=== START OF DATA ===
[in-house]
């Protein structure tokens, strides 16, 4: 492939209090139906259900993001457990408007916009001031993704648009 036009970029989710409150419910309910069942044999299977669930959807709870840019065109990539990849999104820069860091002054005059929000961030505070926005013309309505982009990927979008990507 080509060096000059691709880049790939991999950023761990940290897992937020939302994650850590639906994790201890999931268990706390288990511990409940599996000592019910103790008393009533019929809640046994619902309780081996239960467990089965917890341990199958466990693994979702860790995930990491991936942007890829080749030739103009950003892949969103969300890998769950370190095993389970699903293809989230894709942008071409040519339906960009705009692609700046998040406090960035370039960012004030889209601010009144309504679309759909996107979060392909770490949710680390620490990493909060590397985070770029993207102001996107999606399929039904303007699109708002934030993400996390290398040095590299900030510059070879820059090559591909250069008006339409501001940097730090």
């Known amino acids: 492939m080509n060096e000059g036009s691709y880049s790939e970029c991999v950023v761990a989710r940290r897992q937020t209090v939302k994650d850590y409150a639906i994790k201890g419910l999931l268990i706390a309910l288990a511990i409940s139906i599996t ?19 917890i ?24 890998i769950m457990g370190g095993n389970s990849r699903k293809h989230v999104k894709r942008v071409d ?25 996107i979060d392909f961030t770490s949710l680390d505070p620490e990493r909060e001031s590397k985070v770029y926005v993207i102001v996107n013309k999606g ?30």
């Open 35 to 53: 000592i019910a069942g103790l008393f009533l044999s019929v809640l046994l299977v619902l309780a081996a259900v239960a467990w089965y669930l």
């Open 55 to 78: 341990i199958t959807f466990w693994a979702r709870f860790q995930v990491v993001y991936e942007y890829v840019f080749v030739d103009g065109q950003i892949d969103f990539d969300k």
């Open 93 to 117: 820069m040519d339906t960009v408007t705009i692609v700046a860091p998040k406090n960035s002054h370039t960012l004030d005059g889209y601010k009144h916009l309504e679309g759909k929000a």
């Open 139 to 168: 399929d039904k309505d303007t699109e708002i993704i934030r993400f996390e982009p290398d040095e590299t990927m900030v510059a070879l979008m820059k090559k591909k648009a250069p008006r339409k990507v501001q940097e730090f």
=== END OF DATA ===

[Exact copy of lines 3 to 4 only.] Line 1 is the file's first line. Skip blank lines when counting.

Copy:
């Known amino acids: 492939m080509n060096e000059g036009s691709y880049s790939e970029c991999v950023v761990a989710r940290r897992q937020t209090v939302k994650d850590y409150a639906i994790k201890g419910l999931l268990i706390a309910l288990a511990i409940s139906i599996t ?19 917890i ?24 890998i769950m457990g370190g095993n389970s990849r699903k293809h989230v999104k894709r942008v071409d ?25 996107i979060d392909f961030t770490s949710l680390d505070p620490e990493r909060e001031s590397k985070v770029y926005v993207i102001v996107n013309k999606g ?30």
């Open 35 to 53: 000592i019910a069942g103790l008393f009533l044999s019929v809640l046994l299977v619902l309780a081996a259900v239960a467990w089965y669930l």